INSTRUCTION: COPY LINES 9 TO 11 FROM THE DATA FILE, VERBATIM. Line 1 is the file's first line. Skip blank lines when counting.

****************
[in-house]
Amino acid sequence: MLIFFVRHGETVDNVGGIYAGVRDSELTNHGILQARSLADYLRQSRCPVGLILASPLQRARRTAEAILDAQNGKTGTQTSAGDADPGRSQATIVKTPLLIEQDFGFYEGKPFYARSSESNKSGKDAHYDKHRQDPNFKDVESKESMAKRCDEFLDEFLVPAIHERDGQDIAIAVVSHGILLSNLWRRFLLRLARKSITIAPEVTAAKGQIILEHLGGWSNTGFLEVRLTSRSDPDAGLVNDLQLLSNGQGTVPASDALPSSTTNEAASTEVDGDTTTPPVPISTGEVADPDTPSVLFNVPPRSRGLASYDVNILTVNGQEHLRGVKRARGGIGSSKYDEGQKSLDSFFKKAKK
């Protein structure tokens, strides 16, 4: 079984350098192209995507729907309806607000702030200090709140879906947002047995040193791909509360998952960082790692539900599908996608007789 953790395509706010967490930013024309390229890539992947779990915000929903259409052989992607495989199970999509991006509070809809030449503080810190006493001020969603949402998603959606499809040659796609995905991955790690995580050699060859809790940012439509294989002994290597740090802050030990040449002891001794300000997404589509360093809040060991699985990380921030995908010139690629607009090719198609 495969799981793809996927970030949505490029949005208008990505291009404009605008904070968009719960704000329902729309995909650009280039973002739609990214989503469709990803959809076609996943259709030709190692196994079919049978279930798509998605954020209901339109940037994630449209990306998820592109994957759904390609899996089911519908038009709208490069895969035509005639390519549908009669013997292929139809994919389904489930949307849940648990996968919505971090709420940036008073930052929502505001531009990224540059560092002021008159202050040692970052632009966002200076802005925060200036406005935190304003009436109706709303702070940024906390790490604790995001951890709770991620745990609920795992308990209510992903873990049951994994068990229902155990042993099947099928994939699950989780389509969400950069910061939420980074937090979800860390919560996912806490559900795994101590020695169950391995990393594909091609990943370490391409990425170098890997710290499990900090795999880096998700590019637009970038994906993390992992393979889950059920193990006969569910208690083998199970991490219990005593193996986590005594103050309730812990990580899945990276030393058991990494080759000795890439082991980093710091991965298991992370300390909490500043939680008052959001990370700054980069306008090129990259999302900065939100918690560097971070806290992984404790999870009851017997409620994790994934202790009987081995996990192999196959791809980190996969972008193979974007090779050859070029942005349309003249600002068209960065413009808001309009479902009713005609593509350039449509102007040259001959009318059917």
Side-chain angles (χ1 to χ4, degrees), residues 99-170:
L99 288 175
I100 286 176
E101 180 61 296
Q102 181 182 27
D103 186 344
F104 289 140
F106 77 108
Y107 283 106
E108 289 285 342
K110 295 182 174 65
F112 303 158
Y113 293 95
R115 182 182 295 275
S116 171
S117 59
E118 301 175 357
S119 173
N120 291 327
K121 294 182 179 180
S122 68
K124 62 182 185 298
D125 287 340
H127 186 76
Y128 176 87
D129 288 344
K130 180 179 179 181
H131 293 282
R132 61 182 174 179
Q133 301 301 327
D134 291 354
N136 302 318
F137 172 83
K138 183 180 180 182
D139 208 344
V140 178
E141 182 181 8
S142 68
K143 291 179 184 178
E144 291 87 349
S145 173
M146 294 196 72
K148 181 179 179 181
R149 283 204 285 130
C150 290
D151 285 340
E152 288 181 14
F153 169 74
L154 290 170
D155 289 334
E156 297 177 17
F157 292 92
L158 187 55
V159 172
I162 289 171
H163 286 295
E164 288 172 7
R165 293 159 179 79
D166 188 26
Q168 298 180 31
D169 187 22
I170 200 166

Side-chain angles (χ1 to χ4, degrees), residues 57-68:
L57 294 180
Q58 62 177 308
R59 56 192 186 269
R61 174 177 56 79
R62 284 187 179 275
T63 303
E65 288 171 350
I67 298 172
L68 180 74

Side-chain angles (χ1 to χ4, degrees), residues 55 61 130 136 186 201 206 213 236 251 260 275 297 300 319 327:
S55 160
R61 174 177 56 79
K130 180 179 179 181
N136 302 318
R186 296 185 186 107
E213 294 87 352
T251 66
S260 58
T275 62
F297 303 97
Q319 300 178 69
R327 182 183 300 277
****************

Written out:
D103 186 344
F104 289 140
F106 77 108